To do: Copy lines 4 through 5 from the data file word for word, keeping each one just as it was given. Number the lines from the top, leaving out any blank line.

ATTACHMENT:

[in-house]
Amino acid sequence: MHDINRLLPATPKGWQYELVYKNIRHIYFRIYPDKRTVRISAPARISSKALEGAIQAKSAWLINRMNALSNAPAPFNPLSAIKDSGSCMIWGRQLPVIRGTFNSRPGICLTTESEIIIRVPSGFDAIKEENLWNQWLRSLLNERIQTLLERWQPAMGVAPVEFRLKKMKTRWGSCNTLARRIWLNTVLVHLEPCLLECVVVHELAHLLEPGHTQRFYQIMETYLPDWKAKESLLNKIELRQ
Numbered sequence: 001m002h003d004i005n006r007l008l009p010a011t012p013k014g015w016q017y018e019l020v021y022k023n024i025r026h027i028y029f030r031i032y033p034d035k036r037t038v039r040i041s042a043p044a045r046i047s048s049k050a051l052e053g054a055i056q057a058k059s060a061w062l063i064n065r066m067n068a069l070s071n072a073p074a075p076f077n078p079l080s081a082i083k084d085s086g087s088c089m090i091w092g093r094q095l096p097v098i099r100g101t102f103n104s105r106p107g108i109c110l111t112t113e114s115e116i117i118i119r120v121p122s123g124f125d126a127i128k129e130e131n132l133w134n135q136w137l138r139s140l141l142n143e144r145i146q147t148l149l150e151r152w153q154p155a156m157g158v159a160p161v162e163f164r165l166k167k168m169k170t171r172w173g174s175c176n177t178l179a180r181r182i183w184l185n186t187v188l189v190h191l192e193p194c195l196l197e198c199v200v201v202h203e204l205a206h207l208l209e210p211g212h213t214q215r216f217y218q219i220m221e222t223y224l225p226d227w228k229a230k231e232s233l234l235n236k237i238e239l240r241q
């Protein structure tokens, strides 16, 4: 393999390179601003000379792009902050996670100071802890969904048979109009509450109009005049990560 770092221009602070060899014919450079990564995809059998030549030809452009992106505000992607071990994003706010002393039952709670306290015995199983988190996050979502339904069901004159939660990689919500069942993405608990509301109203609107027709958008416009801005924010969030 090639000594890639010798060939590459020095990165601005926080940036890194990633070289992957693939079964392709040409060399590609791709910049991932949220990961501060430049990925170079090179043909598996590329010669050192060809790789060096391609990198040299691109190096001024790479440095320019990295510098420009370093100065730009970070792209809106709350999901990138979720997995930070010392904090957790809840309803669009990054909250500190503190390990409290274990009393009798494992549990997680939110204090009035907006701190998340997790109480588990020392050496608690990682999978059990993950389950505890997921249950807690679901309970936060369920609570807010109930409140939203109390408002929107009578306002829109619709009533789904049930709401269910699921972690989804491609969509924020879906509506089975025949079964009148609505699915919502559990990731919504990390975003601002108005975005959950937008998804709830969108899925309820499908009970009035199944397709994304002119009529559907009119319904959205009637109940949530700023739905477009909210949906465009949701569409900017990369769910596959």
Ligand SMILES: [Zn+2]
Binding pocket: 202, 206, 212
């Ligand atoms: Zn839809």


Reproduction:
């Protein structure tokens, strides 16, 4: 393999390179601003000379792009902050996670100071802890969904048979109009509450109009005049990560 770092221009602070060899014919450079990564995809059998030549030809452009992106505000992607071990994003706010002393039952709670306290015995199983988190996050979502339904069901004159939660990689919500069942993405608990509301109203609107027709958008416009801005924010969030 090639000594890639010798060939590459020095990165601005926080940036890194990633070289992957693939079964392709040409060399590609791709910049991932949220990961501060430049990925170079090179043909598996590329010669050192060809790789060096391609990198040299691109190096001024790479440095320019990295510098420009370093100065730009970070792209809106709350999901990138979720997995930070010392904090957790809840309803669009990054909250500190503190390990409290274990009393009798494992549990997680939110204090009035907006701190998340997790109480588990020392050496608690990682999978059990993950389950505890997921249950807690679901309970936060369920609570807010109930409140939203109390408002929107009578306002829109619709009533789904049930709401269910699921972690989804491609969509924020879906509506089975025949079964009148609505699915919502559990990731919504990390975003601002108005975005959950937008998804709830969108899925309820499908009970009035199944397709994304002119009529559907009119319904959205009637109940949530700023739905477009909210949906465009949701569409900017990369769910596959």
Ligand SMILES: [Zn+2]